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Spring Wheat Diversity In Irrigated Areas Of Two Developing Countries
Published 1994 · Biology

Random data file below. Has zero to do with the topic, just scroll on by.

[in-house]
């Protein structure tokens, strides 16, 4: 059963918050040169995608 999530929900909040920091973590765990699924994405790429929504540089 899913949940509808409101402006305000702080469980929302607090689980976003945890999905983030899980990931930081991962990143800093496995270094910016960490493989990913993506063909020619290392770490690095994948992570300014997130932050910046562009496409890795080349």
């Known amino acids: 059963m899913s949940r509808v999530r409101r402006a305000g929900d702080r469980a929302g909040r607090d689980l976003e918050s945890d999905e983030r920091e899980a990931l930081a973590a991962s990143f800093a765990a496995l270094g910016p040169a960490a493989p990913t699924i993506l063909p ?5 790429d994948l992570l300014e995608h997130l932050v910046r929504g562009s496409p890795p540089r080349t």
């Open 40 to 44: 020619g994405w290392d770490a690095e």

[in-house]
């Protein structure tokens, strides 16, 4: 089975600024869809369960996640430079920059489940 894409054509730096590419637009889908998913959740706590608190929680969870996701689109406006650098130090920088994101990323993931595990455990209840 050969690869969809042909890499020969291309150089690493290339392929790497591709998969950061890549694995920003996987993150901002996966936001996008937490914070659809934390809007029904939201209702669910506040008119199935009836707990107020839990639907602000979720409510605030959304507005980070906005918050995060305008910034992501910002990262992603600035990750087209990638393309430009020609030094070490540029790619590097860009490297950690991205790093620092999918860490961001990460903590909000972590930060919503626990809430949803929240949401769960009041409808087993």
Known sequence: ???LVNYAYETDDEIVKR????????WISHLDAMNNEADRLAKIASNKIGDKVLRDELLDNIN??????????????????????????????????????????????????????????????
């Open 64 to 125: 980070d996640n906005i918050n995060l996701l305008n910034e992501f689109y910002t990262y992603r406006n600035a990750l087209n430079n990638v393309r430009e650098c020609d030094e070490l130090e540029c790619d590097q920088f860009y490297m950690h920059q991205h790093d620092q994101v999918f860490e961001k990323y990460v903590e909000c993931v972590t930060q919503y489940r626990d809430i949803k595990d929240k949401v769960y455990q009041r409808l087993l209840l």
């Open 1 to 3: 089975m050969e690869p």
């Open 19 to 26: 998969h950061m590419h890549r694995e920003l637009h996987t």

Coefficients of parentage were used to examine genetic diversity and compare trends in spring wheat (Triticum aestivum) cultivars grown in the Yaqui Valley of Mexico during 1972-1991 and the Punjab, Pakistan during 1978-1990. Coefficients of parentage estimate probabilities of retaining latent diversity rather than focusing on the apparent diversity of highly heritable traits (e.g., rust resistance alleles). A small trend towards increased genetic diversity was found in the Pakistani Punjab. In the Yaqui Valley, large oscillations in diversity occurred without significant trends. In comparing the two regions, the latent genetic diversity in the Yaqui Valley based on parentage and area of production in a given year (weighted diversity) was 20% less than in the Punjab. However, the lower diversity was partially offset by rapid turnover in germplasm in the Yaqui Valley. The rate of change in germplasm (temporal diversity) was 22% lower in the Pakistani Punjab than in the Yaqui Valley. The temporal diversity of cultivars used by growers in the Yaqui Valley was greater than among cultivars recommended for use by the research services, indicating that growers replace germplasm faster than the changes in recommended cultivars. The opposite was found in the Punjab. In the Yaqui Valley, individual cultivars dominated production for 1 to 3 yr, while in the Punjab, one cultivar, Yecora, dominated production for 7 yr. It is concluded that (1) cultivar improvement programmes did not erode genetic diversity in production areas currently growing improved cultivars and (2) patterns of cultivar use by farmers were more important than the composition of recommended cultivars in determining genetic diversity.